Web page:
As far as the IHSA teams are concerned, they are looking for riders from beginner walk trot through the advanced riders. This is where many parents and riders were surprised. They all assumed that only the “A” show kids would ever be recruited by a college riding team. When I explained that the beginner rider is just as important to the team as the advanced rider in IHSA competitions, they were elated. Many of them never even thought that their child, who has only shown at schooling shows competing in the 2’6” division, should even consider trying out. In fact, these are just the types of riders that coaches are looking for. The IHSA coach loves to find the very experienced local rider that just never had the funds to burn up the “circuit”
So if you are interested in riding in one of the college programs you must be proactive in your approach. If you are a hard worker and are a good rider, even though you may not have tons of show experience go ahead and put a video together along with a resume, send it to some schools that you may be interested in and profile yourself on EquestrianCollegeRecruiter.com. Remember the coaches do not have the time or resources to scour the country looking for good riders competing at schooling shows. Yes they may be at some of the “A” shows competing with their teams and they may be looking for talented riders. However NCAA coaches can not approach you at a horse show unless they are certain of your age and that information is often not available to them in the show office because of privacy laws and they can not risk a recruiting violation. Many riders therefore think “Oh well, I haven’t been contacted by any schools so I must not be good enough”, it is your job as a potential recruit to make yourself known to the coaches. There are several methods of accomplishing this task; Miss Denna Johnson holds a College Bound Horse Show in Florida each year which is held in a college horse show format. The weekend is very informative and is attended by college coaches looking for new talent. The Equestrian Talent Search is an educational clinic and rider rating system combined, designed to educate riders and parents about all the options available in collegiate and high school riding. The newest tool for being recruited is the website I built because of the difficulties my son and I faced learning about equestrian college recruiting, EquestrianCollegeRecruiter.com, where equestrian athletes post an academic/riding resume along with photos and full video. This allows coaches to peruse the site at their leisure and contact athletes directly. The site also has information about all of the college riding organizations in one convenient spot so you can use it as a portal to learn about all of the colleges that have riding programs. From the site you can also visit individual school websites, fill out their recruiting forms, inform them that your profile is posted on EquestrianCollegeRecruiter.com and on which graduation year page you are located. In any case sell yourself, brag about your accomplishments however small you feel they may be. You may just be the next diamond in the rough that becomes a collegiate riding star.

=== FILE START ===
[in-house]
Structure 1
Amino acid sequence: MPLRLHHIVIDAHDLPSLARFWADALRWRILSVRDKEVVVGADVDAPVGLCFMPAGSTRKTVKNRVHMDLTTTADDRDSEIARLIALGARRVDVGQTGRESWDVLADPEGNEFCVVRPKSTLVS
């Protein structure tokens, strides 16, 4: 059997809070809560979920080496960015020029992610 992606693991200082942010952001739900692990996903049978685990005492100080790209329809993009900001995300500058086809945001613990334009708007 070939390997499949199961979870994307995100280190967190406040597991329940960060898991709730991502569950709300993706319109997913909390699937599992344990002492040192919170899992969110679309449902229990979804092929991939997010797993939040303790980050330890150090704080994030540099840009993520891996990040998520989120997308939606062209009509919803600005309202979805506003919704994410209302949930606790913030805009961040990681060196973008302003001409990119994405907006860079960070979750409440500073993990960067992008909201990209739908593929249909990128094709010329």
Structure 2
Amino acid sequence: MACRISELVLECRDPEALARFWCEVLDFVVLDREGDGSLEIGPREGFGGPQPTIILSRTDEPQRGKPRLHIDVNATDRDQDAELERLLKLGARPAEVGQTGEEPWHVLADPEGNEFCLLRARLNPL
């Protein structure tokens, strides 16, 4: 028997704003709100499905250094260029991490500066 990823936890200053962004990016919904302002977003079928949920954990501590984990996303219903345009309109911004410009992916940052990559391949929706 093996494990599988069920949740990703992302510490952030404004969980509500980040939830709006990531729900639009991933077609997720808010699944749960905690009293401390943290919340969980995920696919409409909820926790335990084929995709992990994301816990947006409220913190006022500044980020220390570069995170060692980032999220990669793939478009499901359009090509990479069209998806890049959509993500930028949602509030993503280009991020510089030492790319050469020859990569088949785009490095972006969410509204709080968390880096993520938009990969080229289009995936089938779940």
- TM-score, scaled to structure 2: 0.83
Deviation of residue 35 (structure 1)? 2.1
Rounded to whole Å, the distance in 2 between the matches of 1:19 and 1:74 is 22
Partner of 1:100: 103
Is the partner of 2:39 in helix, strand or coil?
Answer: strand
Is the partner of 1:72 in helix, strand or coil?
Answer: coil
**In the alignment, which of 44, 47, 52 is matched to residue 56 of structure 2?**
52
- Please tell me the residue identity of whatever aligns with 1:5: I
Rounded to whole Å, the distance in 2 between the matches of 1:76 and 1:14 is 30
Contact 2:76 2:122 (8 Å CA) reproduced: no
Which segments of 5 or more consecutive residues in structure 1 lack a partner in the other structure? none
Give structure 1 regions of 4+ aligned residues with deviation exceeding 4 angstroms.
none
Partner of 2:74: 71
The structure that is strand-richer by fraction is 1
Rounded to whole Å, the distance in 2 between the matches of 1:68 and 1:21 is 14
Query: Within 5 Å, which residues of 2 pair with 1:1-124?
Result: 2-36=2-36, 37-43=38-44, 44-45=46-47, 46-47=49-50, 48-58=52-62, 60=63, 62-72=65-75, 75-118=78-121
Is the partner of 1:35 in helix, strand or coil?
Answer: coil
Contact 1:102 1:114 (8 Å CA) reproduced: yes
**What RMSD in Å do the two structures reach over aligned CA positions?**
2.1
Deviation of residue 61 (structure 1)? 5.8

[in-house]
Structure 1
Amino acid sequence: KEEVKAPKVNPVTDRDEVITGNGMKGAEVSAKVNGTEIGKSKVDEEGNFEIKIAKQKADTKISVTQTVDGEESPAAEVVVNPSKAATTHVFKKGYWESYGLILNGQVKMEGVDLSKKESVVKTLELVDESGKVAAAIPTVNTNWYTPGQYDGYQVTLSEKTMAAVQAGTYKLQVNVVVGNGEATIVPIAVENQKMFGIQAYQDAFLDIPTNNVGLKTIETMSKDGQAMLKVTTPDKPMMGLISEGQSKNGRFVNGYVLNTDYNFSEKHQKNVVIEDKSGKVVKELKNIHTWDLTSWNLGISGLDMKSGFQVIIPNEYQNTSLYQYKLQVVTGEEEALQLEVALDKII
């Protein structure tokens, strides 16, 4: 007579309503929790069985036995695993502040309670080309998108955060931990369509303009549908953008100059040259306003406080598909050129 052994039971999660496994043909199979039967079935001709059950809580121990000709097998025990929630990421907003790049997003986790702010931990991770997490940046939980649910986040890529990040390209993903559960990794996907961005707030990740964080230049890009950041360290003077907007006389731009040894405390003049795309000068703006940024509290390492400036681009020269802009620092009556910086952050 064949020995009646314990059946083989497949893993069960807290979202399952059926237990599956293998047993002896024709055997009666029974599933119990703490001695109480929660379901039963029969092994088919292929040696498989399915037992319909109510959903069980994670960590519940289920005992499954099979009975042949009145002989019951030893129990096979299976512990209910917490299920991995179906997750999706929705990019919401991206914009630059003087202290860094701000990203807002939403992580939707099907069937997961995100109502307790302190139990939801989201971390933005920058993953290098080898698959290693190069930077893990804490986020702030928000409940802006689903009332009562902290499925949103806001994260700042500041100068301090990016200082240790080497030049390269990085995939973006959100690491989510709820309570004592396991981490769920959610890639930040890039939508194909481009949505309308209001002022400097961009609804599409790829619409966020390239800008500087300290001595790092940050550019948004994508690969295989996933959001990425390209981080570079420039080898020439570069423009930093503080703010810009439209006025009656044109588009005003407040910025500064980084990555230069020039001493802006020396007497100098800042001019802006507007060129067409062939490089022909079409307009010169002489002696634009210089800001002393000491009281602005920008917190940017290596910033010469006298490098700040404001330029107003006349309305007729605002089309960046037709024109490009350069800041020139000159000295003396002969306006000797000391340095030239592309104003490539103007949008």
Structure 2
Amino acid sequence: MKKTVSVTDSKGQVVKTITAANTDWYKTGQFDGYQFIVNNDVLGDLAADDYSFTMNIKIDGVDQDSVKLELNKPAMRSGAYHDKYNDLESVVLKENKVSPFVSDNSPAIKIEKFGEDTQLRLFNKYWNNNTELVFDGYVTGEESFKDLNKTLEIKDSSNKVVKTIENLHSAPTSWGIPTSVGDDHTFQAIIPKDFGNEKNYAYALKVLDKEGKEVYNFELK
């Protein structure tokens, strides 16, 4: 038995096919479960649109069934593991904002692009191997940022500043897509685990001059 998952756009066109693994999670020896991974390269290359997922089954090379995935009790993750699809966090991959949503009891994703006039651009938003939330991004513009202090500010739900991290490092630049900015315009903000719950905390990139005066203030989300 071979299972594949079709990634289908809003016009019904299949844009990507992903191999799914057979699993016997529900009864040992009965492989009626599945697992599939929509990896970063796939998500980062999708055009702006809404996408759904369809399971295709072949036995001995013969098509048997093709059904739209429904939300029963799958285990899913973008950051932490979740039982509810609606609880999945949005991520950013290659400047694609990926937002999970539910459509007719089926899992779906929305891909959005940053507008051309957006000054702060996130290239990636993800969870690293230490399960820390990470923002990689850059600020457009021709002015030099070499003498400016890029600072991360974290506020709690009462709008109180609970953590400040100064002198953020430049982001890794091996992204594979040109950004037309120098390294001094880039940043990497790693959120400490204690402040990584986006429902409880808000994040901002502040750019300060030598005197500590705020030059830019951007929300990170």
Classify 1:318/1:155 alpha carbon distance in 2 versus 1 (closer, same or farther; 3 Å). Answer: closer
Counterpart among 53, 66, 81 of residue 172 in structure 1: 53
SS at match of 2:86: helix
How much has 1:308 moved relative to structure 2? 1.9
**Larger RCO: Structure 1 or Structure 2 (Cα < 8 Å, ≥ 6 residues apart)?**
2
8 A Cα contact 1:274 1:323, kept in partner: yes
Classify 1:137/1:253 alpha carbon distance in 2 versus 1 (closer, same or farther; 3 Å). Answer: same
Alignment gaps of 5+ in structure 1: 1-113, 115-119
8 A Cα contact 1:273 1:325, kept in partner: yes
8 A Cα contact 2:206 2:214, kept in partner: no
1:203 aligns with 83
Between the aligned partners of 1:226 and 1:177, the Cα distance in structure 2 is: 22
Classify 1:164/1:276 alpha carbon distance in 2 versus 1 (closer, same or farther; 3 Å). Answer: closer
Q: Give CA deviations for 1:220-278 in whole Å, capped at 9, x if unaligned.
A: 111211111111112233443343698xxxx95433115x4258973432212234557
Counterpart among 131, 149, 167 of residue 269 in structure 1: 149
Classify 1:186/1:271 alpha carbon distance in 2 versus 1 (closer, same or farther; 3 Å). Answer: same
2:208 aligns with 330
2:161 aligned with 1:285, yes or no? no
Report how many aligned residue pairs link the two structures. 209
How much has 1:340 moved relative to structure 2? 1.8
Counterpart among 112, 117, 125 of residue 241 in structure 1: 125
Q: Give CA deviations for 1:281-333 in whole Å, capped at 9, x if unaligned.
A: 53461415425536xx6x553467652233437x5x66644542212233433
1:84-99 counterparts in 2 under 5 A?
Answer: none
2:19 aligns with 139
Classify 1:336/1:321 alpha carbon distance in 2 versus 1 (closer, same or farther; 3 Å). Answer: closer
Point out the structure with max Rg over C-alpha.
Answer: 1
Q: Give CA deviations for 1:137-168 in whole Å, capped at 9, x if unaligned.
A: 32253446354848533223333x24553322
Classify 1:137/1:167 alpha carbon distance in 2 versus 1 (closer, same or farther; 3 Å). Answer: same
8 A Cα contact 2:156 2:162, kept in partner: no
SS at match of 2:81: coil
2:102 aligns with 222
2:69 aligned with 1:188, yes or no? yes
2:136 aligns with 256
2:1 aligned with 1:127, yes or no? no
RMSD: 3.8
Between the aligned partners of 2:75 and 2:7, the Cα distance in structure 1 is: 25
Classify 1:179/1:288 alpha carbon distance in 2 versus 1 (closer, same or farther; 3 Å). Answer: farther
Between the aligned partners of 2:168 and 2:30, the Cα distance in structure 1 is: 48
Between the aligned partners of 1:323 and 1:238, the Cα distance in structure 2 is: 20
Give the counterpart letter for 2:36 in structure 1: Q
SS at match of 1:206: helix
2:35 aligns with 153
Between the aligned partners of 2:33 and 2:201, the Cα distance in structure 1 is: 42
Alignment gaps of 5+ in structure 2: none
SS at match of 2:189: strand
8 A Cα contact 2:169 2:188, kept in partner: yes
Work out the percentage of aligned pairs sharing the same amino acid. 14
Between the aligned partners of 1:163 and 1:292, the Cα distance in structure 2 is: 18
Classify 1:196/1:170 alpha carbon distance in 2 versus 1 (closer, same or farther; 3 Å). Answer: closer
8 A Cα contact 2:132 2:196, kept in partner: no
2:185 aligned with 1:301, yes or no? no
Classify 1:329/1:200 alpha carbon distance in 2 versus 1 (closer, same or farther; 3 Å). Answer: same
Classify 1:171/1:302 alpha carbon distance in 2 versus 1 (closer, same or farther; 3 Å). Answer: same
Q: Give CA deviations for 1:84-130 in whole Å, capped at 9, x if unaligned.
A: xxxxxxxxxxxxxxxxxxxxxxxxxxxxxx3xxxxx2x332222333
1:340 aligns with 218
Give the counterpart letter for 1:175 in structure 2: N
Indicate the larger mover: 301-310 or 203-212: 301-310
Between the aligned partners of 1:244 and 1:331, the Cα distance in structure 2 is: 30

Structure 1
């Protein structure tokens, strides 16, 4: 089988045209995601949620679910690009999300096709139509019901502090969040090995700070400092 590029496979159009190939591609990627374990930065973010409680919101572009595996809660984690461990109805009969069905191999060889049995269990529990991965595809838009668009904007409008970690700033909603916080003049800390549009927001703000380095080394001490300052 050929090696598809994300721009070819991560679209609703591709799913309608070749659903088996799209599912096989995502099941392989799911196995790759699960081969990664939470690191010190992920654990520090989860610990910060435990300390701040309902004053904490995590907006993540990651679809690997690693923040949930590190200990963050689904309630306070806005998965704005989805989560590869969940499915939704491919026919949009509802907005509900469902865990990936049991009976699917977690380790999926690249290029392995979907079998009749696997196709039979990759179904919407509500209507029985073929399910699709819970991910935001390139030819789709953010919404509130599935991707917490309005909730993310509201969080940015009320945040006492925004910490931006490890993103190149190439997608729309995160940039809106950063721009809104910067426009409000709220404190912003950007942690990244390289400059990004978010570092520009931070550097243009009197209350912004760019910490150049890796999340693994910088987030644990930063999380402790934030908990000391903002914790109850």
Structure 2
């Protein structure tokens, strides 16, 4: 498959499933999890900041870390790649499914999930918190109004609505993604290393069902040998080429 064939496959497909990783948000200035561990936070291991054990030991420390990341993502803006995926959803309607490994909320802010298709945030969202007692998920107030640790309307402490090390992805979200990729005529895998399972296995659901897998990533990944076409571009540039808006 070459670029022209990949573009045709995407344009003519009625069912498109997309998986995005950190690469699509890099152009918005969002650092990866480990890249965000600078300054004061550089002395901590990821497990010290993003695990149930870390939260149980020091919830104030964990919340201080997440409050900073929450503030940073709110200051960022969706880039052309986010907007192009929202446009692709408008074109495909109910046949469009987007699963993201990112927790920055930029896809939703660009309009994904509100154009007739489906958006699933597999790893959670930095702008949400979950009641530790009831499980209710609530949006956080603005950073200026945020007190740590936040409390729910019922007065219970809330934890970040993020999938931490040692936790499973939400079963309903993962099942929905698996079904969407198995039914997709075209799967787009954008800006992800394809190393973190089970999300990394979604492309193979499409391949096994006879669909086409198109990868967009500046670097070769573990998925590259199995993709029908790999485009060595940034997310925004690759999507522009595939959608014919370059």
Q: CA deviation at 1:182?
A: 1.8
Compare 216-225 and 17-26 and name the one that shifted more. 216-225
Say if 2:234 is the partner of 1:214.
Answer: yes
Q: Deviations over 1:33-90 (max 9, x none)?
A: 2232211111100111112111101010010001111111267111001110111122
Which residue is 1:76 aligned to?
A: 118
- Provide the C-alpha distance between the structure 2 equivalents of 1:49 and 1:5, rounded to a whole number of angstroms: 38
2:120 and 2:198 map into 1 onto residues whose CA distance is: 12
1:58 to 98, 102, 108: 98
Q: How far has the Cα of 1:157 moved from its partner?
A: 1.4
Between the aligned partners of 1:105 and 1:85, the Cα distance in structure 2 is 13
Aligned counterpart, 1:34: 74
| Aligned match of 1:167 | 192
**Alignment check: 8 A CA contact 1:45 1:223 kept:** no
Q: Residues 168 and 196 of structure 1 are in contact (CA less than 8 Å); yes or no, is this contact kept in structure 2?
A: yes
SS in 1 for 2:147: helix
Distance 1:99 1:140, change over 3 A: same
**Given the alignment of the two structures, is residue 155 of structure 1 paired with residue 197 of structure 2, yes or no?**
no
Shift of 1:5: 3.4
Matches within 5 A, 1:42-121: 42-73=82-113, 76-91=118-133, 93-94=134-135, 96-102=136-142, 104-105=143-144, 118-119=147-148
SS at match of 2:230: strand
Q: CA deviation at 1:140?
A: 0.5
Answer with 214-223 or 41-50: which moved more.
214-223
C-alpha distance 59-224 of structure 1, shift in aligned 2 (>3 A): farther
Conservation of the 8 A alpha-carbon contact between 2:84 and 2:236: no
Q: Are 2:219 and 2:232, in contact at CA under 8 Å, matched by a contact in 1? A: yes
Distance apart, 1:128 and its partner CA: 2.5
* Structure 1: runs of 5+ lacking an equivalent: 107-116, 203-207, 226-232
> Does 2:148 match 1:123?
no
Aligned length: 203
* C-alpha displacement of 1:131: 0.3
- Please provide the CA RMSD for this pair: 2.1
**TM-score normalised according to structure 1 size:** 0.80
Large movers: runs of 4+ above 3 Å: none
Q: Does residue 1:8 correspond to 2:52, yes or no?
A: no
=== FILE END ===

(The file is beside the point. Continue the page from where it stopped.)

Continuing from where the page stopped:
Mike Imparato
www.EquestrianCollegeRecruiter.com
mike@equestriancollegerecruiter.com

Tollriffic
Oct. 22, 2009, 07:17 PM
The above information about prize money and NCAA is incorrect. Per our Compliance Department, which is up to date on all the rules, you are allowed to win prize money as long as it does not exceed expenses during the offseason which is mostly the summer.

Tha Ridge
Oct. 22, 2009, 07:18 PM
The above information about prize money and NCAA is incorrect. Per our Compliance Department, which is up to date on all the rules, you are allowed to win prize money as long as it does not exceed expenses during the offseason which is mostly the summer.

Yep.

chunky munky
Oct. 22, 2009, 07:24 PM
The above information about prize money and NCAA is incorrect. Per our Compliance Department, which is up to date on all the rules, you are allowed to win prize money as long as it does not exceed expenses during the offseason which is mostly the summer.

So glad you did this.